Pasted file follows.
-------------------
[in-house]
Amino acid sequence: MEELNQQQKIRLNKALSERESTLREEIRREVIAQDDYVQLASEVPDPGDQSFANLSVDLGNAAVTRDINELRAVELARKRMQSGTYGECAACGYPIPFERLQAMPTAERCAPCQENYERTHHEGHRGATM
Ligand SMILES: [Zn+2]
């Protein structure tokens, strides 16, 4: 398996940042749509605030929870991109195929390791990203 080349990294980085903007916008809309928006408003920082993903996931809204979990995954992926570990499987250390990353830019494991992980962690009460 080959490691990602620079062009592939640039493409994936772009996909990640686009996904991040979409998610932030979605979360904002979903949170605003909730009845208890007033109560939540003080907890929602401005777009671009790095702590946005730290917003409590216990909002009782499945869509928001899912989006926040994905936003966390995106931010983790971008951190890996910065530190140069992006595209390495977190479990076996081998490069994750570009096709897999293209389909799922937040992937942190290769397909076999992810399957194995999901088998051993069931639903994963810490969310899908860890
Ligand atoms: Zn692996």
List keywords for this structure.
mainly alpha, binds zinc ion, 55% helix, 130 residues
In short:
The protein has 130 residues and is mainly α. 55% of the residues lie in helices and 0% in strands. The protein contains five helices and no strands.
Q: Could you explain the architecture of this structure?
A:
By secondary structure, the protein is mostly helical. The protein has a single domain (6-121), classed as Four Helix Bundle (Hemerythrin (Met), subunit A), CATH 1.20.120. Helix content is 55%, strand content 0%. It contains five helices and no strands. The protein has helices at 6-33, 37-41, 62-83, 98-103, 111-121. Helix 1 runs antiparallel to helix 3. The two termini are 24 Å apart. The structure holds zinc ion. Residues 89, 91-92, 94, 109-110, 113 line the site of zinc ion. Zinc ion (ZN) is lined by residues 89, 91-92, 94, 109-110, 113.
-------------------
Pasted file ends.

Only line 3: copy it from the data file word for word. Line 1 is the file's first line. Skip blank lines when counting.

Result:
Ligand SMILES: [Zn+2]